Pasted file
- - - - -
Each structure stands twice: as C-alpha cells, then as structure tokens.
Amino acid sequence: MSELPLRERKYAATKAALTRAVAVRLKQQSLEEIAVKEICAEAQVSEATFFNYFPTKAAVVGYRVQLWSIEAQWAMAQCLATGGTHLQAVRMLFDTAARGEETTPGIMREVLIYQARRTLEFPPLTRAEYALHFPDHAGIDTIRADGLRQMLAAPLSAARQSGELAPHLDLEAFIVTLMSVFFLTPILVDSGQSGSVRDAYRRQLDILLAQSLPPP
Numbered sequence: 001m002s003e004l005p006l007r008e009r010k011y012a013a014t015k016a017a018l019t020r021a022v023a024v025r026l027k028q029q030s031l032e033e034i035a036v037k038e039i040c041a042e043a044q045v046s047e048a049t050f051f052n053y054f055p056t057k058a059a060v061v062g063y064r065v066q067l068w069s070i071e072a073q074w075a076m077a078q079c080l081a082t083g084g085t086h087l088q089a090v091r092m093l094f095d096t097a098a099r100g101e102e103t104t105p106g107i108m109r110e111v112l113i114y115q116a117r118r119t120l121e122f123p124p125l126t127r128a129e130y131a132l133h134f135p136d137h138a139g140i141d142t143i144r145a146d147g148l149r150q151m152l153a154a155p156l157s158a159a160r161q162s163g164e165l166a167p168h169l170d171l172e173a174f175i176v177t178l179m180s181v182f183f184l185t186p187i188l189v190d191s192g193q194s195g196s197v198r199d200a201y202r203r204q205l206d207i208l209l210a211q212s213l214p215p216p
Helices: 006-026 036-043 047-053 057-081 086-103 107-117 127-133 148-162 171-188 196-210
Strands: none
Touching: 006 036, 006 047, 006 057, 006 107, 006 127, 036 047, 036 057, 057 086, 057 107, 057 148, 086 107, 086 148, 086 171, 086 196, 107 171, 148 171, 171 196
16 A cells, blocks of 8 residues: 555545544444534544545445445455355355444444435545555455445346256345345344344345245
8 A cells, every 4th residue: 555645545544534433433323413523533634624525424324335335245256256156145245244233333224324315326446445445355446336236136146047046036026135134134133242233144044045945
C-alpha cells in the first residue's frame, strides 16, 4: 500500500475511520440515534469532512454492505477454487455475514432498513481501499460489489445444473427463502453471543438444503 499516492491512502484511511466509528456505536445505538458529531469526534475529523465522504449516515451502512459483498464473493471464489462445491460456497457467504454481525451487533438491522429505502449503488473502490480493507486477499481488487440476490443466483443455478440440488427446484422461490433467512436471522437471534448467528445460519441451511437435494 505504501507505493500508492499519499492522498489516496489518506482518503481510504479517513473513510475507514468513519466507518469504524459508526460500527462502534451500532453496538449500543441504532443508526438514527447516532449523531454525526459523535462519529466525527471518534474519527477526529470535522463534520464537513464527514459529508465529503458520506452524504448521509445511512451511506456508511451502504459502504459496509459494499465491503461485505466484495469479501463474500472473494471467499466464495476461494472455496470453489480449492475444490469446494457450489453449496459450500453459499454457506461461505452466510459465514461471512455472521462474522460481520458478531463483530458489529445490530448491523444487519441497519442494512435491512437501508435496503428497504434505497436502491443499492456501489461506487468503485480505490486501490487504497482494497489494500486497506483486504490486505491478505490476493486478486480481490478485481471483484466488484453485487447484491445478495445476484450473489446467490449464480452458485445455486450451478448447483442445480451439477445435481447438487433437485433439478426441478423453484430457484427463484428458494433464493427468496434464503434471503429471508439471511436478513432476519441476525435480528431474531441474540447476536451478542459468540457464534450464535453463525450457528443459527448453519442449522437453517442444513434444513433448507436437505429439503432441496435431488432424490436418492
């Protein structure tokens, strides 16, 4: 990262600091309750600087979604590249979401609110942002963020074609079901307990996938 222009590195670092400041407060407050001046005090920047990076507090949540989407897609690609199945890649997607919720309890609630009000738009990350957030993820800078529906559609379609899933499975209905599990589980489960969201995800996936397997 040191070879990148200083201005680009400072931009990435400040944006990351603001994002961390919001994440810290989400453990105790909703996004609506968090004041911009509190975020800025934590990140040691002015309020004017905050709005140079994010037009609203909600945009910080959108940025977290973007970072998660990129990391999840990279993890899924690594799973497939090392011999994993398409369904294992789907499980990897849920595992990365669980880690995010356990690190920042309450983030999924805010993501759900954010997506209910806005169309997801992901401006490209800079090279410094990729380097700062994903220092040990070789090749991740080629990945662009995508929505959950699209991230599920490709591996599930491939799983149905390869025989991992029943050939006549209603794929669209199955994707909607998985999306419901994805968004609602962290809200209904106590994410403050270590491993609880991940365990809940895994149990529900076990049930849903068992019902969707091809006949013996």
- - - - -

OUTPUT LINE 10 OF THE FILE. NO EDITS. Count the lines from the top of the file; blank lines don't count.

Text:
């Protein structure tokens, strides 16, 4: 990262600091309750600087979604590249979401609110942002963020074609079901307990996938 222009590195670092400041407060407050001046005090920047990076507090949540989407897609690609199945890649997607919720309890609630009000738009990350957030993820800078529906559609379609899933499975209905599990589980489960969201995800996936397997 040191070879990148200083201005680009400072931009990435400040944006990351603001994002961390919001994440810290989400453990105790909703996004609506968090004041911009509190975020800025934590990140040691002015309020004017905050709005140079994010037009609203909600945009910080959108940025977290973007970072998660990129990391999840990279993890899924690594799973497939090392011999994993398409369904294992789907499980990897849920595992990365669980880690995010356990690190920042309450983030999924805010993501759900954010997506209910806005169309997801992901401006490209800079090279410094990729380097700062994903220092040990070789090749991740080629990945662009995508929505959950699209991230599920490709591996599930491939799983149905390869025989991992029943050939006549209603794929669209199955994707909607998985999306419901994805968004609602962290809200209904106590994410403050270590491993609880991940365990809940895994149990529900076990049930849903068992019902969707091809006949013996």